About three months ago, I wrote about a baby monitor hack that resulted in a truly frightening night for a Texas couple and their toddler, who were terrorized by a man who was able to hack the device and then proceeded to shout expletives through the monitor that was placed next to the sleeping baby.
As it happens, baby monitor hacking is back in the news. According Dan Goodin of ARS Technica, a security researcher by name of Nitesh Dhanjani (ironically the same researcher I mentioned in the original baby monitor hack story who discovered a vulnerability in a popular LED lighting system), has come up with a proof-of-concept attack on a wireless Belkin baby monitor, showing how it can be turned into an 'iPhone/iPad-controlled bugging device'.
"The ease if connecting is no doubt intended to be one of the selling points of the WeMo monitor. But its lack of password authentication can just as easily be viewed as a liability since it exposes users to surreptitious monitoring by baby sitters, former spouses, or anyone else who even once manages to get on the home network. The only way to be sure that the device is locked down is to continually check the monitor's settings panel to ensure no unrecognized devices are connected to it."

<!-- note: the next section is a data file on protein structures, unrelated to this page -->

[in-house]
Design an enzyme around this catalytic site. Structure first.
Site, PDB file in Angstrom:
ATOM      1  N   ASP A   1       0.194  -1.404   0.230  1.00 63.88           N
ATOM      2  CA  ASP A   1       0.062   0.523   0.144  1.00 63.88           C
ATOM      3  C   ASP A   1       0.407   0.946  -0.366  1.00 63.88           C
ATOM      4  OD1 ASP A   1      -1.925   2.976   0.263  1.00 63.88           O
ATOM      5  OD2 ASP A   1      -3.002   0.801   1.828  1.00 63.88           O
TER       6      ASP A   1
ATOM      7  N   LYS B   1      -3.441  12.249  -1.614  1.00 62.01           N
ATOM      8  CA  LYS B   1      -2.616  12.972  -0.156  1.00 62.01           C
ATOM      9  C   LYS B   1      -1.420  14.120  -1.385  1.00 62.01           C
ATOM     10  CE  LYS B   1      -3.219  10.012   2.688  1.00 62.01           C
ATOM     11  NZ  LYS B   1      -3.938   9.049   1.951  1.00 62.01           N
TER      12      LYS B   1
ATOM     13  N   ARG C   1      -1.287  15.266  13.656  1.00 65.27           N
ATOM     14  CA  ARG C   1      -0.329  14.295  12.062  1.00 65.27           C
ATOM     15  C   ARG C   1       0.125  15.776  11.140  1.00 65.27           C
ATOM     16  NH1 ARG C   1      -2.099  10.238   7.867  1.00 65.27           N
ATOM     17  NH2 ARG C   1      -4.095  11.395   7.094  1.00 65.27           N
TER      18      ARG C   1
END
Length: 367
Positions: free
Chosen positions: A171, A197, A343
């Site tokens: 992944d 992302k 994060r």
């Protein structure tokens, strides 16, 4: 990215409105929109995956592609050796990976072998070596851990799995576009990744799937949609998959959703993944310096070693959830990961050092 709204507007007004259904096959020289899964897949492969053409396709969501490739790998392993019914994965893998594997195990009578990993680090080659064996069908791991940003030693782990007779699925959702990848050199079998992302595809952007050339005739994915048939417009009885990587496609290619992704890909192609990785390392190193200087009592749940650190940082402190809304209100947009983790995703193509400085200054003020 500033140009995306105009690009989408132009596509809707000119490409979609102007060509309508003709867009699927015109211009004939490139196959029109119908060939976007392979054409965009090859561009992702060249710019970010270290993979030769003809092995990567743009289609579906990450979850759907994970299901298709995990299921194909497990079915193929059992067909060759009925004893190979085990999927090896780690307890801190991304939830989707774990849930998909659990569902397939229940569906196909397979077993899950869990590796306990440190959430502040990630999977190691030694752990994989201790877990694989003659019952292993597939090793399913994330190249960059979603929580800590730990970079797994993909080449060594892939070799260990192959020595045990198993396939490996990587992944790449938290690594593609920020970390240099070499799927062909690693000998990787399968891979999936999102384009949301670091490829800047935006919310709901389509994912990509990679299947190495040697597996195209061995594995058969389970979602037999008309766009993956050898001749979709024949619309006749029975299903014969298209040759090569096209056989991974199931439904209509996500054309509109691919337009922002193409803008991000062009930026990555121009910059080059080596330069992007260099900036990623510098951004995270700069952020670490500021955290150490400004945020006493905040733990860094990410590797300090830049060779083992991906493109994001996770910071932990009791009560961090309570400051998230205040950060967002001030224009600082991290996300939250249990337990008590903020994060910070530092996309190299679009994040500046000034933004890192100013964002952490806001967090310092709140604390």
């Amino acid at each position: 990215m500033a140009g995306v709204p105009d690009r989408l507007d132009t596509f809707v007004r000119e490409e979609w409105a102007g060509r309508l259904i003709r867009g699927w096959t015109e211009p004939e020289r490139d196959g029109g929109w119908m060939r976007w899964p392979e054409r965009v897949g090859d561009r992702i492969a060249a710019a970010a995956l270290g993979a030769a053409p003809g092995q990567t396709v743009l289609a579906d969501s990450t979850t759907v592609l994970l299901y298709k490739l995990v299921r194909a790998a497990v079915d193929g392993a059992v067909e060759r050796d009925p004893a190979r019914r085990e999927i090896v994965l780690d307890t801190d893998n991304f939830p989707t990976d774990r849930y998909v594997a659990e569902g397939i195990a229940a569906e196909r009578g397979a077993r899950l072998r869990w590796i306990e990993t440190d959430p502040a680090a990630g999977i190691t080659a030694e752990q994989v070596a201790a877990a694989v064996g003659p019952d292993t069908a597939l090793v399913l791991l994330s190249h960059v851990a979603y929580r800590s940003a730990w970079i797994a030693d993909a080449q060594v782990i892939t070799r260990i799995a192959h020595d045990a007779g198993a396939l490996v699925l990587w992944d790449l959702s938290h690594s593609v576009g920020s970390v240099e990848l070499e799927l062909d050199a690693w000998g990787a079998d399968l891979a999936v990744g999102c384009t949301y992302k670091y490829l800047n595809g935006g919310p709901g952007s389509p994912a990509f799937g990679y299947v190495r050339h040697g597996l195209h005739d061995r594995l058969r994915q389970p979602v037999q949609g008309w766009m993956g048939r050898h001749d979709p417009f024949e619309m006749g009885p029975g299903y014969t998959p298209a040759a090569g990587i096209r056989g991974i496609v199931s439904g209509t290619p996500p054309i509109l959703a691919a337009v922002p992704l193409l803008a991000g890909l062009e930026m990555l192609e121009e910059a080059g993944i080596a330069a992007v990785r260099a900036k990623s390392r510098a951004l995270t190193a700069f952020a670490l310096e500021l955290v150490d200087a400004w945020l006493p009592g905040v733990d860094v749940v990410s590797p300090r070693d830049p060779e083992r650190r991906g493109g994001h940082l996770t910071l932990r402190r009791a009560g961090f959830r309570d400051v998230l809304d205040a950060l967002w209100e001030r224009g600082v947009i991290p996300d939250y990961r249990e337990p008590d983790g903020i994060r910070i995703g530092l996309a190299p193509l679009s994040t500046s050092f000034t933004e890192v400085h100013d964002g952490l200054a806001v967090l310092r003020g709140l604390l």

Here is the video demonstration from the story:
Dhanjani also found weaknesses in other Belkin products, but company support representatives, much in the same way Phillips had responded to his findings of the lighting system vulnerabilities, said that the baby monitor was 'no more insecure than ayn other computing device, at least when users follow standard security procedures.'
I'd love to hear your thoughts on these potentially-scary vulnerabilities and the companies' responses. You can read the full story by clicking the aforementioned ARS Technica link .
Remember this one Yegor it's getting to be a habit nothing is secure anyone. https://community.webroot.com/t5/Security-Industry-News/Baby-Monitor-Hack/m-p/53938#M2113
Microsoft® Windows Insider MVP - Windows Security
The newer devices certainly are making the news, and they are 'hackable' over a much longer distance than the old fashoned ones, but the old ones were plenty insecure as well. Any plain scanner can pick up the signals from the old non-connected ones. In fact, my plain cheap scanner picks up our old model monitor that we used with our little ones a LOT better than the actual receiver. Maybe someone around the world can't pick it up but I promise your neighbors across the street could have
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